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What is does and how it works
The kinetic energy of the atmosphere is an enormous potential source of mechanical and electrical energy. Human use extends back to around 2800 B.C. when the Egyptians made use of wind energy in sailing ships. The Persians began using wind power several centuries B.C. to grind grain. Later, wind power was used for water pumping by the Dutch and in medieval England (Tecco 2003).
In the United States, wind power utilization waxed and waned over the past few decades due to several factors. Wind power for agricultural water pumping came into widespread use prior to introduction of rural electrification and with the availability of small windmills during the 1920s and 1930s. With electrification, however, many windmills fell into disuse and were not replaced. Nevertheless, there are thousands of small individual wind turbines used in localized electric generation or in water pumping located throughout the nation, although the higher concentrations are found in farming and ranching areas of the central and Great Plains (Bisio and Boots 1997). This paper, by referring to a number of scholarly articles and sources, analyzes the wind power deployment in the contemporary world, concentrating on the technical characteristics of the wind energy, providing overview of the economic and environmental issues associated with the usage of this ‘green technology’, detailing the political as well as social perspectives stemming from the wind power employment, and outlining gaps and future directions in the current application of renewable energy.
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On a commercial scale, wind power attained some significance since the 1970s with development of the large California wind farms at Altamont, Tehachapi, and San Gorgonio where over 17,000 wind turbines are in operation, many for more than a decade. At the international level, there are approximately 21,000 wind turbines with a combined electric generating capacity of over 4,000 megawatts located in Denmark, Germany, United States, India, and 16 other nations. In addition, several thousand small wind turbines generate electric power or pump water at farms and businesses (Bisio and Boots 1997).
In the United States, wind power is also being developed at sites in Montana, California, Colorado, Arizona, New Mexico, North Dakota, Iowa, Oklahoma, Maine, Minnesota, Vermont, and Wyoming, among others. Planned utility-scale wind projects are designed to produce 10 to 500 megawatts of electric generating capacity at each site with up to 1,000 wind turbines at the larger wind farms. A recently completed wind project at Green Mountain, Vermont, produces 6,000 kilowatts through 11 wind turbines. The project’s initial cost was 11 million dollars. Similar larger projects are under construction or planned in Colorado, Minnesota, Wyoming, and several other states (Gipe 2005).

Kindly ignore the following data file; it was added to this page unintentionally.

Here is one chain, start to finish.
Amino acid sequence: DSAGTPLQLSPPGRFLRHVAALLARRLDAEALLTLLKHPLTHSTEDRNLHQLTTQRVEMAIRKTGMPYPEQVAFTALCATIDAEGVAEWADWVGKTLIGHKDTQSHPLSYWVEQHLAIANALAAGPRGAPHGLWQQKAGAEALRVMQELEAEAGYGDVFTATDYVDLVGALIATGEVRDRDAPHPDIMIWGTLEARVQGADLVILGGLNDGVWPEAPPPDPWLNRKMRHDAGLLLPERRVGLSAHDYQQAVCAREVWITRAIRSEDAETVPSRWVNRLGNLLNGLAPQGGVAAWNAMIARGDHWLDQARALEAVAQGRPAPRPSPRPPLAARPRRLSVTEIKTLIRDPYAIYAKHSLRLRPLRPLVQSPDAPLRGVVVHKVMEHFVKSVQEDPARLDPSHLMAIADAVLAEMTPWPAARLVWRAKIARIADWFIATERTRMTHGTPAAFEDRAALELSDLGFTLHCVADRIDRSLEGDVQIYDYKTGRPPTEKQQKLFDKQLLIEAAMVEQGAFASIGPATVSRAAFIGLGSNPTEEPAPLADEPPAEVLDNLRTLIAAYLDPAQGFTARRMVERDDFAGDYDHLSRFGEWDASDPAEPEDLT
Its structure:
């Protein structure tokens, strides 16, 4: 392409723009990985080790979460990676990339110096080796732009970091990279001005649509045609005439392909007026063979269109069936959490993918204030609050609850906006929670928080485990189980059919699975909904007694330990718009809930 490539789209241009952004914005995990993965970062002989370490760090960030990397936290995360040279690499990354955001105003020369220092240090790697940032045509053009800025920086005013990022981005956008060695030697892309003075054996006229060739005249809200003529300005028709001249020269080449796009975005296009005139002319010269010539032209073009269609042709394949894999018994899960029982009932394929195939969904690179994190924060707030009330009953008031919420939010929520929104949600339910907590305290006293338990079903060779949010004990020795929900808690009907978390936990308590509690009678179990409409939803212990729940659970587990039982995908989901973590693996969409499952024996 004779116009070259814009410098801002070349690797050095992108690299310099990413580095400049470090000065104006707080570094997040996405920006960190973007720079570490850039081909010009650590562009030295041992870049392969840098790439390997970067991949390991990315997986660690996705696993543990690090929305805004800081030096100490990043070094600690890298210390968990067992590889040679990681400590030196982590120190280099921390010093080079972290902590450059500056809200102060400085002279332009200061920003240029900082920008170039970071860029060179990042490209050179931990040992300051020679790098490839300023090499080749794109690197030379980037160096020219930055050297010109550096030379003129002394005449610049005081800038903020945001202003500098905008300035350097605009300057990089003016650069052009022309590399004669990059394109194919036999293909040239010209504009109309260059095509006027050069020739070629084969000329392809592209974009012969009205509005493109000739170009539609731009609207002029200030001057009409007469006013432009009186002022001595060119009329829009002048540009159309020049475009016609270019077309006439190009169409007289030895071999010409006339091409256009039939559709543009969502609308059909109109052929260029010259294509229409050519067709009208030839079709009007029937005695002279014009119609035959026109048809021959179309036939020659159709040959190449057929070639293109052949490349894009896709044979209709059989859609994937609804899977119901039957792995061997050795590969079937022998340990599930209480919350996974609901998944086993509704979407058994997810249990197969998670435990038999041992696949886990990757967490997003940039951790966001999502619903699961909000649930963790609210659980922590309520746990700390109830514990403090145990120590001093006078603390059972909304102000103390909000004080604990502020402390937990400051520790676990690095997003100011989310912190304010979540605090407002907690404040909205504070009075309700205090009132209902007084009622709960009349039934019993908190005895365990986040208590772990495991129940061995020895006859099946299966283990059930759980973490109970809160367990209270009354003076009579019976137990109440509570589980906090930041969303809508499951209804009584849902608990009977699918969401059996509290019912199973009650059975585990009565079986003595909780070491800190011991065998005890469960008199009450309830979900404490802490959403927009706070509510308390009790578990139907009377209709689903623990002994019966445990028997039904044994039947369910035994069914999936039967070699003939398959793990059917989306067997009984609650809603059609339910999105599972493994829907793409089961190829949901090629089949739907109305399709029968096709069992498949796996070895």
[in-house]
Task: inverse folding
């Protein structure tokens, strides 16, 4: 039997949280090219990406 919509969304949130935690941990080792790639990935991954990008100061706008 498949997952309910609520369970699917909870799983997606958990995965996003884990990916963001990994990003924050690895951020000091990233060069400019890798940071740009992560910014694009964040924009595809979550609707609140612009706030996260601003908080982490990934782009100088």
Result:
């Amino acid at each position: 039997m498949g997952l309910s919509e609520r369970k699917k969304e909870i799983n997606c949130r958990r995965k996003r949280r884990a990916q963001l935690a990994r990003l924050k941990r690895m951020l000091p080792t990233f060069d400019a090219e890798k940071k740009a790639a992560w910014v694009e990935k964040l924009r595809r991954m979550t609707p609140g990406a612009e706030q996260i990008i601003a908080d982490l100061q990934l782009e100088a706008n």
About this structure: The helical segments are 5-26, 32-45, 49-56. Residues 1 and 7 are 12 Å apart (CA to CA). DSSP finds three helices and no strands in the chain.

Wind power technology improvements over the past five years have included more efficient rotor blades, generator transmissions, power controls, and other components that have increased overall turbine efficiency, availability, long-term capacity factor, and cost-effectiveness. Whereas earlier designs generated electric energy at rates up to 15 to 20 cents per kilowatt-hour some 15 years ago, present power costs have been reduced to around 5 to 7 cents per kilowatt-hour for large state-of-the-art wind turbines.
Commercial wind turbines have grown in size and complexity in recent years. For a typical modern 600-kw turbine, the average rotor diameter is around 43 meters. Capital costs are in the range of $300,000 to $450,000, or approximately $500 to $750 per kw, and annual electrical output at a site with average annual wind speed of 15 miles per hour is around 1.5 million kilowatt-hours for each wind turbine of this design (Gipe 2005).
Overseas, wind power contributes to the electric generating systems in Denmark, the Netherlands, Germany, and Great Britain. Wind power projects are also getting underway in India and Japan. Several of the major wind turbine manufacturers are foreign corporations based in these countries, such as Micon, Vestus, Nordtank, and Enercon. Suppliers of commercial-size wind turbines in the United States include Zond Systems, Bergey Windpower, Kenetech, and Carter Systems, among others (Tecco 2003).
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b. Positive and negative aspects of using wind power
One of the virtues of wind power systems is their modularity; that is, individual units can be added readily in a wind farm as needed. Another advantage is their portability; turbines can be quickly taken down and moved. Aside from their reliance on the natural renewable resource (wind)--these systems are completely free of environmental pollutants.
A drawback of a wind power system is its lack of consistency in operations. In other words, it cannot generate power when the wind is not blowing. Even at the best sites, the wind does not always blow uniformly, neither on a diurnal nor a seasonal basis. Electric utilities point out the lack of constant operations of wind power as a disadvantage; however, this feature is becoming less troublesome as utilities are developing some experience with wind systems (Gipe 2005).